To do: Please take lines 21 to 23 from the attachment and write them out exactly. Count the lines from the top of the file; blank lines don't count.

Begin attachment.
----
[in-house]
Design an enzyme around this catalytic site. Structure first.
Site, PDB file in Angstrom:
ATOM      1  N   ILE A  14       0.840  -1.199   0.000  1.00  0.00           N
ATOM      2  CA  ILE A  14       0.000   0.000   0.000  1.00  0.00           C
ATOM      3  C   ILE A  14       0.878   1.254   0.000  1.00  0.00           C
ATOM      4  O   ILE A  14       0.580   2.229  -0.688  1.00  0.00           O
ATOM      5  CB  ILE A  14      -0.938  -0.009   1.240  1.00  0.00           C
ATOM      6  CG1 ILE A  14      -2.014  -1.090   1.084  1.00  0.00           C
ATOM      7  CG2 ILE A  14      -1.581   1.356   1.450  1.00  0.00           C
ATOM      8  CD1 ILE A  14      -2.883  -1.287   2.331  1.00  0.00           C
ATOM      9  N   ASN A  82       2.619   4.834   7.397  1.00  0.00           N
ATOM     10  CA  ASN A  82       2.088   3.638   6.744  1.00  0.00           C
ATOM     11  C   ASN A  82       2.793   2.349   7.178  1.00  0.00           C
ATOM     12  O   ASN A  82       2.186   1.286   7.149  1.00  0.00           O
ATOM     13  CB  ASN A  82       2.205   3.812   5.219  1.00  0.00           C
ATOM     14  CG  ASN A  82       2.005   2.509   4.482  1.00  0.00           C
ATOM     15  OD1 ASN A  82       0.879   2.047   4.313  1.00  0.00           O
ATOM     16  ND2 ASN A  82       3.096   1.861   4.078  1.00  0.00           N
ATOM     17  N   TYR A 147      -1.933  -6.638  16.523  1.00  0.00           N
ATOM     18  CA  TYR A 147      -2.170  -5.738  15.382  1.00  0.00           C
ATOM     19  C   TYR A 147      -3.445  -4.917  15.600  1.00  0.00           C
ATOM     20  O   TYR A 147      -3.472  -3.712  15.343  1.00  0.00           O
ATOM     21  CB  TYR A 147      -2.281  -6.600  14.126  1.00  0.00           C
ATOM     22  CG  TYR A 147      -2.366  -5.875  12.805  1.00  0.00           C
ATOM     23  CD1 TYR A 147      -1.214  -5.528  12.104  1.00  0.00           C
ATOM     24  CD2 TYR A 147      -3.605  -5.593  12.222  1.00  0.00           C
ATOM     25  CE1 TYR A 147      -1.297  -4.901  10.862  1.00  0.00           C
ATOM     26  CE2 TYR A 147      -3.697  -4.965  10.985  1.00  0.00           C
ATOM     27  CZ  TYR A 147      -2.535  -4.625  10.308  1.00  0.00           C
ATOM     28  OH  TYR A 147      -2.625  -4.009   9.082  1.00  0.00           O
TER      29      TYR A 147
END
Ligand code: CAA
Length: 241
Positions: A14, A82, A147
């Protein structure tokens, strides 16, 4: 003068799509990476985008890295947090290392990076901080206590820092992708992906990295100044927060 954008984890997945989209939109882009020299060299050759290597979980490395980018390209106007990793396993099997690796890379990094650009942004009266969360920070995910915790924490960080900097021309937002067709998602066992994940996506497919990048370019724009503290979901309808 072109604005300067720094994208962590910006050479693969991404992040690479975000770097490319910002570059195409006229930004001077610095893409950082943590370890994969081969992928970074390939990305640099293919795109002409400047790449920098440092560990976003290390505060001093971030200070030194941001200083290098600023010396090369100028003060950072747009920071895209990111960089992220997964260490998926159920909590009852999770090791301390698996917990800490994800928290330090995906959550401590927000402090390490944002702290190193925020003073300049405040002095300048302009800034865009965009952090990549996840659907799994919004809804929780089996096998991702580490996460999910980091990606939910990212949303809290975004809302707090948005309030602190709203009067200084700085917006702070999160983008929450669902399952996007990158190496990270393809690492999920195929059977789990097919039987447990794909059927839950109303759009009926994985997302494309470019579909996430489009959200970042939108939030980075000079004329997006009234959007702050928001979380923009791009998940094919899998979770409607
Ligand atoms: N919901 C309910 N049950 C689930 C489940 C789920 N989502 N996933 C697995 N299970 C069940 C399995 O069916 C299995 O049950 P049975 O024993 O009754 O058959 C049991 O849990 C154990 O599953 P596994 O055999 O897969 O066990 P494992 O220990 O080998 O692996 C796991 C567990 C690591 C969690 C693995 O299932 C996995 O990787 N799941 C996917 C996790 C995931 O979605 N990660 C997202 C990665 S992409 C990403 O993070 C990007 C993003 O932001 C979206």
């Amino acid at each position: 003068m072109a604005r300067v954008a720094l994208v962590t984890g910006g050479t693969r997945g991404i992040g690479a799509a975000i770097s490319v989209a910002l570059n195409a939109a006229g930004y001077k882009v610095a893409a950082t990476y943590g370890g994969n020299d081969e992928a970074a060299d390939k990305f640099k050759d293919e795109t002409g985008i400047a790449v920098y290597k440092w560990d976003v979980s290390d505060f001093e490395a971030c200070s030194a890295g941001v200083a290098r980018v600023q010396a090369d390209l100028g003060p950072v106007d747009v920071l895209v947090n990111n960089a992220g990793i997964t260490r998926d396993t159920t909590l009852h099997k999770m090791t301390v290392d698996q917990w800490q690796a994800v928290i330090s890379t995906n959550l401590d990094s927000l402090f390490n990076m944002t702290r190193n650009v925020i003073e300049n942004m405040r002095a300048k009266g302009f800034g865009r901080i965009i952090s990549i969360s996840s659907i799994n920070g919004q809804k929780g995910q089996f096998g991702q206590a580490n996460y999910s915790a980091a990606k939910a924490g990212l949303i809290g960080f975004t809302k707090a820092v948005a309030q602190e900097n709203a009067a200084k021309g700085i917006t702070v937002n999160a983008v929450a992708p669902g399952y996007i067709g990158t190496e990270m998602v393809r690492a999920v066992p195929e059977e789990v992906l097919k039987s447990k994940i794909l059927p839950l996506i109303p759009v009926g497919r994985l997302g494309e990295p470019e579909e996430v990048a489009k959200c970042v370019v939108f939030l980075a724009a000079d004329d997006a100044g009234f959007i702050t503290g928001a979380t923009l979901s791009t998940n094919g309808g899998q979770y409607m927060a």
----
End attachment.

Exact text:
ATOM     18  CA  TYR A 147      -2.170  -5.738  15.382  1.00  0.00           C
ATOM     19  C   TYR A 147      -3.445  -4.917  15.600  1.00  0.00           C
ATOM     20  O   TYR A 147      -3.472  -3.712  15.343  1.00  0.00           O